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From: William B.P. Robson

To: Canada’s Health and Finance Ministers

Date: August 27, 2018

Re: Phantom Savings – Why National Pharmacare Will Not Displace Public Employee Drug Plans

Pharmacare is a hot issue in Canada. Federal support for provincial drug programs will likely feature in party platforms in the next federal election.

With drugs becoming more central in preventing, treating and curing, differences between how provinces pay for and manage drugs and how they pay for and manage doctors and hospitals are becoming more urgent. Like tax support for doctor and hospital services, tax support for drugs can fill gaps private insurance cannot cover.

Less happily, some of the appeal of more tax-funding is the simple desire to have someone else – preferably in far-off Ottawa – foot the bill. Healthcare costs are already crowding other worthy programs in government budgets, contributing to deficits and pushing taxes up. New drug programs will be under immediate and chronic pressure to expand.

Faced with concerns over cost, pharmacare advocates will likely cite a 2015 article in the Canadian Medical Association Journal. Working from 2012/13 numbers, its authors said national pharmacare would reduce spending on prescription drugs in Canada. Their base case showed direct purchases of drugs by government rising about $1 billion, with a best-case fall of $2.9 billion and a worst-case rise of $5.4 billion. But more than offsetting that was a base-case fall in other drug-related spending of $8.2 billion (best-case fall: $9.6 billion; worst-case fall: $6.6 billion).

If pharmacare could produce such savings – $7.3 billion cost reduction economy-wide in the base case – one wonders why provinces have not already done it on their own. Key tools the CMAJ article’s authors advocate – stricter drug formularies and pooled purchasing to drive prices down –require no coordination through Ottawa.

Maybe it’s not that straightforward. A key assumption in the article is that national pharmacare will displace all employer drug plans. Their elimination yields $8 billion of savings in all the authors’ scenarios. It is critical to the claim that national pharmacare will reduce spending. And it is not credible.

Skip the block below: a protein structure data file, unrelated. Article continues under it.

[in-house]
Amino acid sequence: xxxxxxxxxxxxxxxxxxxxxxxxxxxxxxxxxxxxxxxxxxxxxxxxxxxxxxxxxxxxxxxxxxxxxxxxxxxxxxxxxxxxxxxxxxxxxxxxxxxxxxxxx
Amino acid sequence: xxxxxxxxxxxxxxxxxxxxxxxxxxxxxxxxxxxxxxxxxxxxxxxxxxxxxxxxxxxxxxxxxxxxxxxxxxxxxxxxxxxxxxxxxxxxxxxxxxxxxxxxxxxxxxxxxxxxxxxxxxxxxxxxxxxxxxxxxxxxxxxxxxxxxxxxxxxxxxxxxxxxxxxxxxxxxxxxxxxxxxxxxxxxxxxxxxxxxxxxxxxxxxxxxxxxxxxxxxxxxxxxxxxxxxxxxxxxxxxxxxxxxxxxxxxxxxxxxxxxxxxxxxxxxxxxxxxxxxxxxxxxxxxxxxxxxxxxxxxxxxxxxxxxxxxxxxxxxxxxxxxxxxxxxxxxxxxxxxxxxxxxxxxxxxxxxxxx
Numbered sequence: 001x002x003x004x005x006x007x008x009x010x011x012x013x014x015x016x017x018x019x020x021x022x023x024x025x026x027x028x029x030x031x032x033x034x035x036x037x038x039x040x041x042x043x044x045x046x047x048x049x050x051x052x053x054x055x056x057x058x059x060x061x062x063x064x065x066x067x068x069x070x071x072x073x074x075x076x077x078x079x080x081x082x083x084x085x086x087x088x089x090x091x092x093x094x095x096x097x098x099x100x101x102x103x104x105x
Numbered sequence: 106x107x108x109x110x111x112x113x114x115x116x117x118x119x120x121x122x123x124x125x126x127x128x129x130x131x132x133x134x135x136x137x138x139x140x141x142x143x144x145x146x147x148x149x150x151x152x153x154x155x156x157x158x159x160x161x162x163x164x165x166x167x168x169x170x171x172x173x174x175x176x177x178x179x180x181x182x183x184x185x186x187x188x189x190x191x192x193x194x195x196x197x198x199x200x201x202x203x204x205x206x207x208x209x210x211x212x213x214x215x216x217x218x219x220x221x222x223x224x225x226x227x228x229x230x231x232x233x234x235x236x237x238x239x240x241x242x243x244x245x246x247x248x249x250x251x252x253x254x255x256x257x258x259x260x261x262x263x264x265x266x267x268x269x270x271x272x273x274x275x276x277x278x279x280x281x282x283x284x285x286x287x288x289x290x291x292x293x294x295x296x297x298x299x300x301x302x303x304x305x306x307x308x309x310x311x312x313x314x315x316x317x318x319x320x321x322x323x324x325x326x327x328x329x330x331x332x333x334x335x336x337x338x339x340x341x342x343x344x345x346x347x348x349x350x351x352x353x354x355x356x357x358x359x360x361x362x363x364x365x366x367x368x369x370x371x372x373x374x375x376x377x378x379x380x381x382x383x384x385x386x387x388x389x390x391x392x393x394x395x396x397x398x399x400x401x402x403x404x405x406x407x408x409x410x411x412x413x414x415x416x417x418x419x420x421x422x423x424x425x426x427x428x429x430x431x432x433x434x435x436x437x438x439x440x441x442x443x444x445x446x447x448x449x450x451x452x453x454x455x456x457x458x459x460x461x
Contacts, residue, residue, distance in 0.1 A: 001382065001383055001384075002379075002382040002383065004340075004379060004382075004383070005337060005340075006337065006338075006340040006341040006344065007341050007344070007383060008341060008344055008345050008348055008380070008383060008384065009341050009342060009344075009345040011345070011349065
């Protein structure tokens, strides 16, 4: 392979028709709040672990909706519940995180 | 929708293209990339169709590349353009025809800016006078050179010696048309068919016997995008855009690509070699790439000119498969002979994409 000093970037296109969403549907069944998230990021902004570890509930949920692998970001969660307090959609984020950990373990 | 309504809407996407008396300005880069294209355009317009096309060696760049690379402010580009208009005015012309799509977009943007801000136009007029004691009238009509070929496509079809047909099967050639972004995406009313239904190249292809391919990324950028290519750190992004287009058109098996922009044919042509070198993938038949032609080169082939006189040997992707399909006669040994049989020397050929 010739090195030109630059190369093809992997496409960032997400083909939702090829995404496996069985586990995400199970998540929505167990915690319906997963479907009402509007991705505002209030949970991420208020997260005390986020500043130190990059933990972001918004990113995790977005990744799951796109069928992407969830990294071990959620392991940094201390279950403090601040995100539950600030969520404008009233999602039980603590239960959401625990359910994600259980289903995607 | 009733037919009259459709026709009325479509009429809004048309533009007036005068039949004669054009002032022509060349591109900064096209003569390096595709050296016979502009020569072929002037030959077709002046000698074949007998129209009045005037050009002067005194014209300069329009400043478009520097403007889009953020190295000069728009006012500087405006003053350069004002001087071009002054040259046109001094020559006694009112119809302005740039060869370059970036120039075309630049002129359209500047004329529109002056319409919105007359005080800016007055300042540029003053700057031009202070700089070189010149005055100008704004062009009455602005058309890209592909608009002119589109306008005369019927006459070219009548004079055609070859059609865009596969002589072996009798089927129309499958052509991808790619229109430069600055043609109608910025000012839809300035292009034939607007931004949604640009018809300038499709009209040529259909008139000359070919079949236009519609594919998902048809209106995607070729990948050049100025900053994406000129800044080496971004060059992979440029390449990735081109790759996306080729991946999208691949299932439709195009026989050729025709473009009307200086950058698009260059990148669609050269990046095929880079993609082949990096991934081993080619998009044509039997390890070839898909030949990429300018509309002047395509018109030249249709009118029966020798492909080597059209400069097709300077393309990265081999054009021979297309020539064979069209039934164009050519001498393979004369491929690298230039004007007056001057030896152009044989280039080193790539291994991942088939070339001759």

More first-dollar tax-funded drug coverage might displace some employer plans. But pharmacare will no more eliminate them than the advent of the Canada and Quebec Pension Plans in the 1960s eliminated all employer-sponsored retirement saving. It did not. Employer-sponsored pensions typically changed to integrate with the Canada and Quebec plans, often resulting in more comprehensive retirement income.

The parallel with pensions is also instructive because we find generous employer-sponsored drug plans, like generous employer-sponsored pension plans, predominantly in the public sector. Will government employees exchange their plans for the formularies and coverage limits that apply to people covered only by pharmacare? In 2013, the B.C. Nurses’ Union agreed to a drug benefit tied to the provincial formulary – but the consequent restrictions on access and delays for approvals inspired it to go back to a private plan in 2016.

Sound reasons for better integrating drugs with other tax-funded health services, plus the inevitable desire to shift costs onto the taxpayer, will keep the movement toward more extensive pharmacare in Canada alive. But Canadians should be skeptical when pharmacare advocates promise savings from eliminating employer-paid drug coverage. You can bet the implementers of pharmacare will not willingly give up their own plans. Pharmacare should be about extending coverage to those who do not have enough of it, not shrinking what already exists. And extending coverage will cost.

William B.P. Robson is President and CEO of the C.D. Howe Institute.

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The views expressed here are those of the author. The C.D. Howe Institute does not take corporate positions on policy matters.